MAY 21, 1958
BOULDER, Colo.—Now I have spent my first evening and day in Las Vegas, Nev., and it was quite an experience. There you are surrounded by desert in a beautiful climate. It is warm, even at night.
We flew in after dark and could see the long avenue of lights stretching into the distance and a cross avenue with more lights at both ends. One is the actual City of Las Vegas. Here there are only one or two gambling night clubs. They are large, but as I understand it, there are certain restrictions in the city.
In the county, these restrictions do not exist, and so the major night clubs and gambling halls are at this end of the lighted road. There is a certain similarity to the pattern in each place, though they vary in decoration and in taste.
We quickly changed our clothes on arrival and then we were whisked from one place to another to get an idea of what night-club life in Las Vegas means.
Every place has gambling tables of all kinds, with slot machines on the side. There are a variety of places to eat, and there is always one place where at certain hours entertainment goes on. Nearly all these clubs have a pool and bedrooms stretching out in the rear where people can stay at not very extravagant prices. The food is excellent and also not very expensive.
They told me that two places had closed, victims of the recession, but on the whole I saw very little that spoke of hardship. They told me people come there from all over the world but they eventually acknowledged that the major part of their clientiele comes from Southern California.
And the major part of life while you are here seems to be gambling. That so many people should have so much time to spend and so much money to waste, unless they happen to be lucky winners, seems incredible.
When we were leaving, one man on the plane was overheard to say that he had lost $20,000, and another $400. I suppose they go back in the hope that their luck will change. Gambling in itself seems to have a fascination, for I saw people still at the tables when I went to meet my American Association for the United Nations people in a quiet dining room at 9 o'clock the next morning.
I had a most generous and thoughtful host, and my friends, Mr. and Mrs. Hershey Martin met me there, as Dr. Martin belongs to one of the big groups that furnish entertainment. I saw no show, but I met a great many of the people who are appearing there.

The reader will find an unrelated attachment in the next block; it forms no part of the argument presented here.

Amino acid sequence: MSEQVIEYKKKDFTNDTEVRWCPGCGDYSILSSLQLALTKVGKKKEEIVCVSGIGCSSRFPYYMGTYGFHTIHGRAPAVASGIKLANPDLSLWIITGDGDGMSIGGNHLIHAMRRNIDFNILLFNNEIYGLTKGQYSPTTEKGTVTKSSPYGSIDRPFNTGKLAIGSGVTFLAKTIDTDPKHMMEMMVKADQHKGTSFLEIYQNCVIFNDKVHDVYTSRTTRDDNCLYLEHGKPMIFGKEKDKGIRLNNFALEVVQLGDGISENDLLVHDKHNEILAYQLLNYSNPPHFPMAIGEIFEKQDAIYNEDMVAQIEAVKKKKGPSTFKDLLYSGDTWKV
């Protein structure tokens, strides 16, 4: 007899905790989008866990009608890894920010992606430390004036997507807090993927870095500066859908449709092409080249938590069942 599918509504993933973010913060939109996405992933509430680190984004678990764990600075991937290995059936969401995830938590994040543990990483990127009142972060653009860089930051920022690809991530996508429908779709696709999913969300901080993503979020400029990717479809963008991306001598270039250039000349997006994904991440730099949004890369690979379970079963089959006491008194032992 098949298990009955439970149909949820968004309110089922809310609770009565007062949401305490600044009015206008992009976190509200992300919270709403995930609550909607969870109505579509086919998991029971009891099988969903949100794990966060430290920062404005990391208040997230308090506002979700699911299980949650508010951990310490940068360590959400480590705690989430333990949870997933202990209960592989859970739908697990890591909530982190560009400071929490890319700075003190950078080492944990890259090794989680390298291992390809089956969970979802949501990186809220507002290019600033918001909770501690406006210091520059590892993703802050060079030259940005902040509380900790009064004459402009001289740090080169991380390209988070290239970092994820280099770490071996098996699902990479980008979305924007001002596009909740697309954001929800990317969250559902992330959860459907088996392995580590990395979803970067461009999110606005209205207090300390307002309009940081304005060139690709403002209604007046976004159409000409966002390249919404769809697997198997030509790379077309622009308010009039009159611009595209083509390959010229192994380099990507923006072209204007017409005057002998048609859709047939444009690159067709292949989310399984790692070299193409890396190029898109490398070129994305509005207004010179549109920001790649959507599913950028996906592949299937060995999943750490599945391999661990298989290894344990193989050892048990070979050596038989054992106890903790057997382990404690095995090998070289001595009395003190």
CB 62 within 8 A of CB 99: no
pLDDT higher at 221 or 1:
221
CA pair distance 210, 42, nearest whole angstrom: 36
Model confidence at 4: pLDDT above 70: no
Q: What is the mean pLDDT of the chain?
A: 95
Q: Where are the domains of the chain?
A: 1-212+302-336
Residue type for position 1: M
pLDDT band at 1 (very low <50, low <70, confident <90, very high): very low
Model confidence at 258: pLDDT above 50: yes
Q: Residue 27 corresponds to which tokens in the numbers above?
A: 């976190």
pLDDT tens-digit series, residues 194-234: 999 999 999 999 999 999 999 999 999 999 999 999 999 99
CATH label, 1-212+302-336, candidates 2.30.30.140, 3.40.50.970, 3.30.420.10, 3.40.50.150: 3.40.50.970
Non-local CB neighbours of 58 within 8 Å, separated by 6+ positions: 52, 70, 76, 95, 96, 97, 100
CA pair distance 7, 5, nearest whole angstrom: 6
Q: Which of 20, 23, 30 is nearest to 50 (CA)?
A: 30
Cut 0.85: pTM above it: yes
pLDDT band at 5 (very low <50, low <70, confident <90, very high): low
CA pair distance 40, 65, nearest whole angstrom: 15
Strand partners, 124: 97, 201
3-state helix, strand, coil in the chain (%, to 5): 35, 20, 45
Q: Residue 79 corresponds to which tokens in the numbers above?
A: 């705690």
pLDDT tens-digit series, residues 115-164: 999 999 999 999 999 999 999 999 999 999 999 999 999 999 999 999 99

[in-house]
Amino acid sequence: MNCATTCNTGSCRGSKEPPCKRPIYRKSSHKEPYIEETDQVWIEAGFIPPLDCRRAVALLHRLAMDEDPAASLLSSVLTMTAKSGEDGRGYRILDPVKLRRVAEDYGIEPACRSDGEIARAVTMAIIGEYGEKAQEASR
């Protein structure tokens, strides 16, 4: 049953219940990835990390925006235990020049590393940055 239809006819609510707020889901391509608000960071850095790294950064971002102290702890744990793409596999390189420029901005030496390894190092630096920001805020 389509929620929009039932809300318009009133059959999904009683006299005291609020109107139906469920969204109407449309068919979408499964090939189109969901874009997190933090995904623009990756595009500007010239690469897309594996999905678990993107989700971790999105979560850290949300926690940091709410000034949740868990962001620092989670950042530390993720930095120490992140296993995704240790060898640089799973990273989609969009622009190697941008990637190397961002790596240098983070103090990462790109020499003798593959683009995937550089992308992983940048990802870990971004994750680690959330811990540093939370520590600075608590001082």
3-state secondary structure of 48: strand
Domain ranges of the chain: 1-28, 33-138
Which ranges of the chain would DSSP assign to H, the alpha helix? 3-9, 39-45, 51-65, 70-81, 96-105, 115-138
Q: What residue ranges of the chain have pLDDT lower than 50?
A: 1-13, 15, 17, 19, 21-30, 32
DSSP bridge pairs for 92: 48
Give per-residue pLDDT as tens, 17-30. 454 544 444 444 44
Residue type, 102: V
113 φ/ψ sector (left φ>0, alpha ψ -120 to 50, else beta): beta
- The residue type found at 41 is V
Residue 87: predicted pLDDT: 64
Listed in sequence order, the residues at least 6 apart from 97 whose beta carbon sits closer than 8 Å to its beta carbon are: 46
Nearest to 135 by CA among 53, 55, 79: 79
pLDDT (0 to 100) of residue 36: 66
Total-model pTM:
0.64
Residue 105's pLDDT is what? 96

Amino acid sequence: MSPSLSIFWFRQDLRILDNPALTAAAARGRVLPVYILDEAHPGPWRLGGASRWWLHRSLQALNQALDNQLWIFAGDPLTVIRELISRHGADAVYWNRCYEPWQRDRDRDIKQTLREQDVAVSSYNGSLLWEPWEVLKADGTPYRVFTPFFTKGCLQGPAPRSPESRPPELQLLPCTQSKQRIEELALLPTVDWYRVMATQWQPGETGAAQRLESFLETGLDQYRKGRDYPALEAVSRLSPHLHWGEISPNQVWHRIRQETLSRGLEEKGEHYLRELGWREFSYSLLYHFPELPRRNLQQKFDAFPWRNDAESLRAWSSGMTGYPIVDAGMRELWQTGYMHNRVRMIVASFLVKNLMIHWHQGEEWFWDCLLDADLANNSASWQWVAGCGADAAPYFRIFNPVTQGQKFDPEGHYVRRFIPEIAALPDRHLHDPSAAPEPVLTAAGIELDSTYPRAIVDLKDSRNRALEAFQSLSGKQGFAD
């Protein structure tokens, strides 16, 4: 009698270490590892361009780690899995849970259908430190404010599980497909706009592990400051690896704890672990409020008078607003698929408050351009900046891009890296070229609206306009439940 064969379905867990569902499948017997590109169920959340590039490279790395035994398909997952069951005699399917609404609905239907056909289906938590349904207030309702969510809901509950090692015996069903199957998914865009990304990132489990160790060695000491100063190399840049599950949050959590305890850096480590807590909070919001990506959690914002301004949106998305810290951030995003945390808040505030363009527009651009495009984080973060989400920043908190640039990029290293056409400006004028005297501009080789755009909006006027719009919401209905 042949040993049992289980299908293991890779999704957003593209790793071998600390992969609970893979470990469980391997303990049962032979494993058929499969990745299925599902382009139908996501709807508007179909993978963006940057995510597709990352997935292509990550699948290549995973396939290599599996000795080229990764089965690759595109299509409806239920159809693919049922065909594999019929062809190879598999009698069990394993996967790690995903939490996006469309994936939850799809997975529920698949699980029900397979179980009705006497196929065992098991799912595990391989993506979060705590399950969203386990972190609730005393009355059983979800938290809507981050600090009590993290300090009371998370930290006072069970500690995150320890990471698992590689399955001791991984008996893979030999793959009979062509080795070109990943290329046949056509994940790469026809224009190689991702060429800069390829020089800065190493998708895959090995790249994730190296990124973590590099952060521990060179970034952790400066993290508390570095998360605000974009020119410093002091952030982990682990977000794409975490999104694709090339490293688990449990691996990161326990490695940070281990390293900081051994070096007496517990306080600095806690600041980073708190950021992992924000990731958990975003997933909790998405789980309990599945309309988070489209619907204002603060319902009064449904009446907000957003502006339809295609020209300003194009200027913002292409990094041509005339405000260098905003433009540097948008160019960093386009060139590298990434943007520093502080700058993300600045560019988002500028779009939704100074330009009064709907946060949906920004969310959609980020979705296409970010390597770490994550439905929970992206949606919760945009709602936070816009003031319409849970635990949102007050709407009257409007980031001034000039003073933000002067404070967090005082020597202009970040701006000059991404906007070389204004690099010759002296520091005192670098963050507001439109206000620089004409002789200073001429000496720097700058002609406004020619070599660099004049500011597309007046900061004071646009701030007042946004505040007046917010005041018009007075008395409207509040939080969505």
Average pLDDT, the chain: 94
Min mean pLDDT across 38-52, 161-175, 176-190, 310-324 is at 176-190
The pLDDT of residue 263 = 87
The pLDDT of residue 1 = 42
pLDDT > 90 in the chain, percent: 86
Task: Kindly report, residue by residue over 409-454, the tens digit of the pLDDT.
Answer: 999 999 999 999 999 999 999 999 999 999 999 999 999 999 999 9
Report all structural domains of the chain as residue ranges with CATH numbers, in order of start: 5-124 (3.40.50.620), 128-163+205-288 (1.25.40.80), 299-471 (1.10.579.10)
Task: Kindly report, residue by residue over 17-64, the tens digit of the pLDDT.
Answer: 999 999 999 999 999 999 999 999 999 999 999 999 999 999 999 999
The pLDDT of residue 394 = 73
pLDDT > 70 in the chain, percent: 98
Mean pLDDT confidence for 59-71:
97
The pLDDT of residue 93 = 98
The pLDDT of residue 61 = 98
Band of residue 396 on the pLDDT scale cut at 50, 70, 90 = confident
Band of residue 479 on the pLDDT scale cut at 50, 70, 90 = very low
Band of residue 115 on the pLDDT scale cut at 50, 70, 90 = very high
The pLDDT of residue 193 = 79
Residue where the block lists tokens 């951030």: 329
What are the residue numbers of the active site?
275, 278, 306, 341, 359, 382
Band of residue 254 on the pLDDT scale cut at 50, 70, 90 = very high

The following morning, between a press conference and a luncheon where I was to speak, I managed to see the last of the night clubs. I really managed to get a comprehensive view of the people as they were coming in to begin their day.
Las Vegas is a spot where you turn night into day, and lunch is an early time to begin your day. Many people sleep until 5 p.m. or so. A strange place and a strange life.
I suppose to a great many people this is relaxation, for they go back to their work exhilarated and rested. To me, it was incomprehensible, but I was glad to get a glimpse of something so totally different. I don't think I will ever get over being curious about every phase of human behavior.
During the day the American Association for the United Nations held a luncheon at which the guests were largely the non-gambling permanent residents of the town. Between 600 and 700 people attended. The luncheon was followed by a short organization meeting which broke up at about 4:30 p.m.
So many celebrities in the entertainment world dined with me before I took my plane on Saturday evening or came up to speak to me at different times that I'm not even going to begin to mention them by name for fear of forgetting someone. They were all kind and courteous and delightful, and I wish I could have seen some of the entertainment, but I had to have some sleep.
The following evening at 9 o'clock we took the plane into Denver. There I had the pleasure of breakfast with my grandson Bill and his wife. My niece Amy, who recently was married to John Wendt, called for me while my son Elliott joined us, having flown up from Arizona and spent the night on his ranch.
I met my great-grandson for the first time and was back at the hotel for an 11 a.m. press conference before driving over to Boulder to the state university where I spoke at noon to AAUN representatives from a wide area around Denver.